In order to successfully apply NHV in large-scale management of I. typographus or other bark beetle species, there is a need for more cost-effective preparation of the anti-attractant compounds and mixtures. In particular, the most active NHV blend for I. typographus contains many compounds [4], some of which are expensive to synthesize. In addition, the expensive key compound tC has hitherto been synthesized only on a small scale and has not been commercially available.

By a combination of chemical synthesis, electrophysiology, and field trapping studies, we investigated if the use of NHV against I. typographus could be made more economically feasible. First, we tested whether 1-hexanol alone could be a substitute for the expensive three-component GLV blend, containing (3Z)-hexen-1-ol and (2E)-hexen-1-ol in addition to 1-hexanol [4]. We also determined the minimum release rate of tC required to obtain a synergistic reduction in pheromone trap catch when tC was included in a multicomponent NHV mixture. We then tested a less expensive preparation of the tC, i.e. technical grade tC (T-tC), which is now commercially available (Table 1). The inhibitory effect of T-tC on I. typographus pheromone trap catch was compared to the effect of pure tC. Furthermore, by using inexpensive and commercially available precursors, we synthesized a more easily prepared analog to tC: dehydro-conophthorin (DHC, Fig. 2). DHC was also tested for anti-attractive effects in field trapping experiments and compared with the performance of tC. To mechanistically elucidate the behavioral differences found, the physiological sensitivity of the tC-responsive olfactory receptor neuron (ORN) class [23] to tC, T-tC and DHC was studied using single-sensillum recordings (SSR). Based on our results, we propose multiple ways of simplifying the anti-attractant blend and reducing its cost without compromising efficiency and we provide a physiological mechanism in the peripheral olfactory sense that is likely to explain our observations.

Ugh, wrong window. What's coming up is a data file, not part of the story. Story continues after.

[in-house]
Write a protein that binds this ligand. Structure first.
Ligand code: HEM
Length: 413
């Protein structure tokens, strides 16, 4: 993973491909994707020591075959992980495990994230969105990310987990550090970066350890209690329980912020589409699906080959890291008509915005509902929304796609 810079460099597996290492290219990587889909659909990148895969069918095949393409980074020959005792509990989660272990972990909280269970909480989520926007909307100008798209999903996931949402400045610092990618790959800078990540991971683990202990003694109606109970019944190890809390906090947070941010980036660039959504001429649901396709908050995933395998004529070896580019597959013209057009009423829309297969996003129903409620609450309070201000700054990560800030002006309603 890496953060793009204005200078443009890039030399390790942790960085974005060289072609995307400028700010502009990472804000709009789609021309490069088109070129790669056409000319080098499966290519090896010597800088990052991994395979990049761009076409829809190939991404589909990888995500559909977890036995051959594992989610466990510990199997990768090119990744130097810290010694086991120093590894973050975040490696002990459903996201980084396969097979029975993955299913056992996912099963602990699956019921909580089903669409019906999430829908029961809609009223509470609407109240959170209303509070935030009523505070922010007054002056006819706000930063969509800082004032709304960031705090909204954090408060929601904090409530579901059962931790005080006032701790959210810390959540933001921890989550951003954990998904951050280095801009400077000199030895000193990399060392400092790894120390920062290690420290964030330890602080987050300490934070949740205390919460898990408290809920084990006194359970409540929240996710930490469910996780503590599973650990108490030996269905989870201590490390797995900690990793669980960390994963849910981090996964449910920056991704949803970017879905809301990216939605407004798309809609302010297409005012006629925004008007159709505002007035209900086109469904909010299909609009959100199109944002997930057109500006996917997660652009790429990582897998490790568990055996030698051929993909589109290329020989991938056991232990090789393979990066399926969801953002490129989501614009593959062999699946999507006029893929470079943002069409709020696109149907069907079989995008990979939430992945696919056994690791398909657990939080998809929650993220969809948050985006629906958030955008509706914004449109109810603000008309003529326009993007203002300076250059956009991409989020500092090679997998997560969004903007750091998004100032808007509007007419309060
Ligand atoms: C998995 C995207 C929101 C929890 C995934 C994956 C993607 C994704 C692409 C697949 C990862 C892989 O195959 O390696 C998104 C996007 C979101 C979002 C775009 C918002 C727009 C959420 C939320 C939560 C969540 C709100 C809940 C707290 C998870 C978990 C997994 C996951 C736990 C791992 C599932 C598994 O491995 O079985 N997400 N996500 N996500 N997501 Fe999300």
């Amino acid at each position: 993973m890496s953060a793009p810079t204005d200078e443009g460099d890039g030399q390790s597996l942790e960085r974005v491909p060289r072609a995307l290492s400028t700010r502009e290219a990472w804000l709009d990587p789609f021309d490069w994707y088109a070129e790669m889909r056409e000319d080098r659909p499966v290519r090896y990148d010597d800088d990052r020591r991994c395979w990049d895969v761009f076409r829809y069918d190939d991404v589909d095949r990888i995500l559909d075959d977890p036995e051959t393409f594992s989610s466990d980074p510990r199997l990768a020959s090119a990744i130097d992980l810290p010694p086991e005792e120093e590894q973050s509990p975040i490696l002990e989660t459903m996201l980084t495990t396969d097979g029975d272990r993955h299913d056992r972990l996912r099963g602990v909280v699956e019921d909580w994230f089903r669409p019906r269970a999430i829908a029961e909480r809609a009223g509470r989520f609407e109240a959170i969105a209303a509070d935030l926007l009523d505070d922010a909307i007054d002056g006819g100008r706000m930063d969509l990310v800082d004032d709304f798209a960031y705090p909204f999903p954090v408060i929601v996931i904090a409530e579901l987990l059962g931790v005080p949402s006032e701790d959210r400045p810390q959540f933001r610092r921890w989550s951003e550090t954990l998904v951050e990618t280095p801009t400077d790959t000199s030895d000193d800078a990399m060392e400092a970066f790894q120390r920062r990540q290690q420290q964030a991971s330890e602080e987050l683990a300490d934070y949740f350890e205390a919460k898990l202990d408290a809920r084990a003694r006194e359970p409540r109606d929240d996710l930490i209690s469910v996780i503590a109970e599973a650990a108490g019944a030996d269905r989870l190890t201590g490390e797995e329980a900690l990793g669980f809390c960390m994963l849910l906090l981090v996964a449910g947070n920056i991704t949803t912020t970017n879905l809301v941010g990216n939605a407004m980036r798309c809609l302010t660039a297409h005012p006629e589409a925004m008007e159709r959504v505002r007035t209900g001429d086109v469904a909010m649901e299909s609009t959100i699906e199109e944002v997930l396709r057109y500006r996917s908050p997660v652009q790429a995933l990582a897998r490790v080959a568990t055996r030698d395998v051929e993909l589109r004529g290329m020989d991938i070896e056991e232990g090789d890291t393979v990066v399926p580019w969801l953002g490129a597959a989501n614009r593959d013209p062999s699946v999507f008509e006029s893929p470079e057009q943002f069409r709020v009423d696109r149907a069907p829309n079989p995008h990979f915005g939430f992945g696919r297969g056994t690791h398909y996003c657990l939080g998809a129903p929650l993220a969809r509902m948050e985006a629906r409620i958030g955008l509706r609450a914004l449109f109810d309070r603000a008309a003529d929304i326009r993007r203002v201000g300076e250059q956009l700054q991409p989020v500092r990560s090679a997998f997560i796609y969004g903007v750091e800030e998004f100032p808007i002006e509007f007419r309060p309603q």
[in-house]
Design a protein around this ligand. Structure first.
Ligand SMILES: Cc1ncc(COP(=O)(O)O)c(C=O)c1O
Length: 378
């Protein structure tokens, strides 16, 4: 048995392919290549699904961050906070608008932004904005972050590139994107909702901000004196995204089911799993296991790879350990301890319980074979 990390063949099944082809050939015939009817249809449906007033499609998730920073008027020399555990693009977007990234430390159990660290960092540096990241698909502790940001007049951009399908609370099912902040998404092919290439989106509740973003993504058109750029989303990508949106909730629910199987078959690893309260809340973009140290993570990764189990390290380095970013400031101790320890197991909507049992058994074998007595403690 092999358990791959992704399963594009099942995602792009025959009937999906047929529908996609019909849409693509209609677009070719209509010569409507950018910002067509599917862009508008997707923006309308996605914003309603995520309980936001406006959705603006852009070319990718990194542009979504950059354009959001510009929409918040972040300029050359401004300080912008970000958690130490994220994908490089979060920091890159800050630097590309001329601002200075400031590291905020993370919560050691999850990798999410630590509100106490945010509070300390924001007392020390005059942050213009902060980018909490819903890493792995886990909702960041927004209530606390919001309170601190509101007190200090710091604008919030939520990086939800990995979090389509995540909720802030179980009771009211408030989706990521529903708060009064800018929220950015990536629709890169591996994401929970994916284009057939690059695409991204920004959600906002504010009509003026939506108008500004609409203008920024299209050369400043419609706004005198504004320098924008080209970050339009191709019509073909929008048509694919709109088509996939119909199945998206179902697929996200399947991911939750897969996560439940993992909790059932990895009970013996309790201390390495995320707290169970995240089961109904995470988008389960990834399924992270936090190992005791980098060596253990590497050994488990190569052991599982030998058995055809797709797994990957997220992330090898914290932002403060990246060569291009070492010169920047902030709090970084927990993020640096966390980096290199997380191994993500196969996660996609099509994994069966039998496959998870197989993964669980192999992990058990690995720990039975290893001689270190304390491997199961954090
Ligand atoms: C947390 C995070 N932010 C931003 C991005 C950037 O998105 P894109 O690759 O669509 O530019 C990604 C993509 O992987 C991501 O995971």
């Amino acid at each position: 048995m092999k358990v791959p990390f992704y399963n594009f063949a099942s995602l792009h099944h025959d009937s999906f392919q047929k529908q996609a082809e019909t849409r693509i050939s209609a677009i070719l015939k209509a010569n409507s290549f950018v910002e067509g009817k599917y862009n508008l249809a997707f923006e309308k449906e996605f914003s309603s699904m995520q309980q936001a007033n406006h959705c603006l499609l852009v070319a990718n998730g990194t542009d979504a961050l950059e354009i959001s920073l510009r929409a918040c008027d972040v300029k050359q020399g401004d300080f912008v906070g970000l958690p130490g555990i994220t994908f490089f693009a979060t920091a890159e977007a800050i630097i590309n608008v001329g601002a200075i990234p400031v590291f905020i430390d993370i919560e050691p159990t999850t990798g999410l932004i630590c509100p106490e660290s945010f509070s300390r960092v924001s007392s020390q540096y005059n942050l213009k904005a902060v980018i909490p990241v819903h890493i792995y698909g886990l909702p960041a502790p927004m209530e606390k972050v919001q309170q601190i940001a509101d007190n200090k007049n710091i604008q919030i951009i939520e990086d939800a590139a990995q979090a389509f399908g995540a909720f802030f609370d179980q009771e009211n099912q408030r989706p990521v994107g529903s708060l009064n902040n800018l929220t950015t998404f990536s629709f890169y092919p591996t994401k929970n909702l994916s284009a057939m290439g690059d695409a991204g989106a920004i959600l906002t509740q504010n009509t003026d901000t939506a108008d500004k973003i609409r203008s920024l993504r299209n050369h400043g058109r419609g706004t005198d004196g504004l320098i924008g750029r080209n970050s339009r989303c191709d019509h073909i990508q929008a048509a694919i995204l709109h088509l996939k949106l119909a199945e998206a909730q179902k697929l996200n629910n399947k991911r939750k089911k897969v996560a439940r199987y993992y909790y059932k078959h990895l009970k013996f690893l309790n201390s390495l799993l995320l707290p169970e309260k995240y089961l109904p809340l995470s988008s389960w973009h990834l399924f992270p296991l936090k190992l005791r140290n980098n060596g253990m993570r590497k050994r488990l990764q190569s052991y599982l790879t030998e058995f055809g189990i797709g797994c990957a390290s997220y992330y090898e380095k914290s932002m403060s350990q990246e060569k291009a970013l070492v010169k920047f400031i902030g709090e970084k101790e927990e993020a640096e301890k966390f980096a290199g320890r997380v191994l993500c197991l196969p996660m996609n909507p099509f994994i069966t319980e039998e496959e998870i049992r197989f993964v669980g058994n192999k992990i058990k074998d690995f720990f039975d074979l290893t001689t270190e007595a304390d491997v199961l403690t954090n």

Materials and Methods

Synthesis of DHC

1H and 13C NMR spectra were recorded at 298 K at 500 and 125 MHz on a Varian Unity 500 instrument. Chemical shifts are reported in ppm. NMR experiments were run in deuterated chloroform (CDCl3) and are referenced to the resonance from residual CHCl3 at 7.26 ppm for 1H and to the central peak in the signal from CDCl3 at 77.0 ppm for 13C. The appearance and multiplicities of 1H resonances are expressed by the abbreviations: s (singlet), m (multiplet) and br (broad) and described by chemical shift (multiplicity, integration).

EI-GCMS (70 eV) were recorded on an Agilent 5973 mass detector connected to an Agilent 6890 GC equipped with a BPX-70 column (30 m×0.25 mm×0.25 µm film thickness, SGE Australia), using helium as carrier gas. Mass/charge ratios (m/z) are reported and relative abundances of the ions as percentages of the base peak intensity.